The candidates on Republican side are fairly unknown: State Rep. Dan Winslow, Former U.S. Attorney and former acting Director of ATF, Michael Sullivan and businessman and former Navy Seal Gabriel Gomez. Few polls have been conducted for the Republican primary since former Sen. Scott Brown announced he wasn't running, but the most recent numbers show Sullivan with 28%, state Rep. Winslow with 10% and Gomez with 8% of support.
Both Democratic candidates lead each of the Republican candidates in every match up. Despite the fact that the majority of Massachusetts registered voters are Independent, this seat is likely to stay in Democratic hands. The winner of the special election will serve in Kerry's seat until the end of his term in January, 2015 and if he chooses to run for reelection will compete in 2014 mid-terms.
South Carolina: Sen. Tim Scott is the first African American senator from South Carolina. He is also the first African American senator from the South since Reconstruction.
Illinois: The 2nd Congressional District of Illinois has not elected a Republican representative for over 50 years. Rep. Jesse Jackson Jr. had repeatedly won the 2nd District with over 80% of the vote, and even in 2012 when he took a leave of absence, he won with 63%.
Missouri: There was no primary to select the candidates for Missouri's 8th Congressional District special election. Local Republican and Democratic Party committees choose the nominees for their respective party when there is a vacancy. During general elections, Missouri has an open primary.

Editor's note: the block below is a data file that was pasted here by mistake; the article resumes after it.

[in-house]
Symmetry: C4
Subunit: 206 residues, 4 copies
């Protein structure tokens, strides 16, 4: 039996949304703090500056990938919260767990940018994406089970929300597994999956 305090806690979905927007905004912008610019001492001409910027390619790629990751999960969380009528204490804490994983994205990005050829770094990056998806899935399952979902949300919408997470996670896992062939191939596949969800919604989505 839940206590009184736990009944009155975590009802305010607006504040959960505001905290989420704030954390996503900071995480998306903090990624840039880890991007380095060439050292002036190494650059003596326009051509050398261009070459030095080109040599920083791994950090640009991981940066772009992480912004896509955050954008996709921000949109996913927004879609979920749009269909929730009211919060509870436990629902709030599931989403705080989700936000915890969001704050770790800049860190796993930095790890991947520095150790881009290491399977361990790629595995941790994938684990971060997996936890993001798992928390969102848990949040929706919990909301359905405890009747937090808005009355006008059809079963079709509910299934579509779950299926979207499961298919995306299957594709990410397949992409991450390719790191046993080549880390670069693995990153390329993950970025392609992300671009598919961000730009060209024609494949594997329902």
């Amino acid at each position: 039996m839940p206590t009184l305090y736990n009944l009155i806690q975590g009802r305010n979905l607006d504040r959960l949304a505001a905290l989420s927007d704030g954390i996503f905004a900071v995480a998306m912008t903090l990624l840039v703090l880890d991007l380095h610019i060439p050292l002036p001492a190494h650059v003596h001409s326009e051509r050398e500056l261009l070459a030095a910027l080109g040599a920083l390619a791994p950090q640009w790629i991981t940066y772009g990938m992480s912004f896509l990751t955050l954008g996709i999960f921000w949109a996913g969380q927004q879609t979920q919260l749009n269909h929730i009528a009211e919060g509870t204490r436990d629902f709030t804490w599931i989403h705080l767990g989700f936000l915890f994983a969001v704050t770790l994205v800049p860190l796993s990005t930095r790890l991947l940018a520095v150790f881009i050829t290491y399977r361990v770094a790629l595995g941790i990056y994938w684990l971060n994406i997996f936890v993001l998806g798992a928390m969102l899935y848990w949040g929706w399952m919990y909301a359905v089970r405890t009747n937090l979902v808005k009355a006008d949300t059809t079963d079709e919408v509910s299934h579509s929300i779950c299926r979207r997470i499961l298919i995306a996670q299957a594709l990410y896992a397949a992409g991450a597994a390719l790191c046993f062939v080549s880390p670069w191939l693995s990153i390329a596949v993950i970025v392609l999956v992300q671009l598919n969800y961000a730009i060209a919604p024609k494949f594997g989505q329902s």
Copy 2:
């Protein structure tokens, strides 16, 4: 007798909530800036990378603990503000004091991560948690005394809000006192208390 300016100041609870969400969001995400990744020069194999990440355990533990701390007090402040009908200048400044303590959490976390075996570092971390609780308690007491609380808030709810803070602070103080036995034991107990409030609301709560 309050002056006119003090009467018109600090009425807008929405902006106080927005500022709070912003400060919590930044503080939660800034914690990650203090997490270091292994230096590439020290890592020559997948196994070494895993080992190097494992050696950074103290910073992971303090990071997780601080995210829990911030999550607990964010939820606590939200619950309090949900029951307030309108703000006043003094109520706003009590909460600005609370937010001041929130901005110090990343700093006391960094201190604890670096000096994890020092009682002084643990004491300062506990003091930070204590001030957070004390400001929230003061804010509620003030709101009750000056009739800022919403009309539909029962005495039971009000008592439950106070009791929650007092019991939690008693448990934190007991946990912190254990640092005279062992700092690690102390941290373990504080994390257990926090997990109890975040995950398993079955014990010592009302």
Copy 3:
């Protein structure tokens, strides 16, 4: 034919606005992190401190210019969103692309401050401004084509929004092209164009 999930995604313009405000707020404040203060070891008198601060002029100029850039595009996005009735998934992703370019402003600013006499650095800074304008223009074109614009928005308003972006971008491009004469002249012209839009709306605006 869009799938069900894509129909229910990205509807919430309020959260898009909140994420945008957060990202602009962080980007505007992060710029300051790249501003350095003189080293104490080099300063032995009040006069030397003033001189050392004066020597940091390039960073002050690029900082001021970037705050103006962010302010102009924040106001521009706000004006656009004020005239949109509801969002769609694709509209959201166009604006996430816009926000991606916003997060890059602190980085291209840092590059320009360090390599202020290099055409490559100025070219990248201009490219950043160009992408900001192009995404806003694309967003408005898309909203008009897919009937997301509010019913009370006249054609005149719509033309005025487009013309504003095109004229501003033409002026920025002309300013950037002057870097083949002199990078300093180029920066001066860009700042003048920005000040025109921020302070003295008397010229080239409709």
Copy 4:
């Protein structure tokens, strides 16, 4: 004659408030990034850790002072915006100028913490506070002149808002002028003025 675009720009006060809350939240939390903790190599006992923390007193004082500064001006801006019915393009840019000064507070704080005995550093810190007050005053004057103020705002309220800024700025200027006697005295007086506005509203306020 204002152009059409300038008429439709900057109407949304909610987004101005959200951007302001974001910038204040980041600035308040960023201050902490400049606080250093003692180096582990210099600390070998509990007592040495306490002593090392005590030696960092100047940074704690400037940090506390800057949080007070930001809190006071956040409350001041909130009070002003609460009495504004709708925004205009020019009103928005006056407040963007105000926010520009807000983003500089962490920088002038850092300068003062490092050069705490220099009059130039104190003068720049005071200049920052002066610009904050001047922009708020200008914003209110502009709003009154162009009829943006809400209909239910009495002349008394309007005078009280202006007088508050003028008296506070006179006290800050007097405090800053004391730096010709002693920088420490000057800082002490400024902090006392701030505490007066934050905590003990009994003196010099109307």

Massachusetts: Massachusetts currently has the least senior member of the Senate, Senator Cowan, who was sworn in on February 7, 2013. The Massachusetts Senate delegation is now at the bottom of the seniority list, after losing Sen. Scott Brown and veteran Sen. John Kerry.
March 20, 2013
Below is the breakdown of the current Cabinet and who President Obama has nominated so far in his second term. You can also view the below information on the portal on our President Obama's Cabinet & Executive Appointments page.
Cabinet (in order of succession to the Presidency):
The following positions have the status of Cabinet rank:
March 6, 2013
Last week, the nation's highest court heard arguments against Section 5 of the Voting Rights Act; an issue that is both complicated and sensitive and a ruling that thankfully it's not my job to decide. But, while everyone is talking about the Sequester, I want to take this opportunity to draw your attention to such a noteworthy court case, the impacts it may have on 16 states, and the political implications that could follow.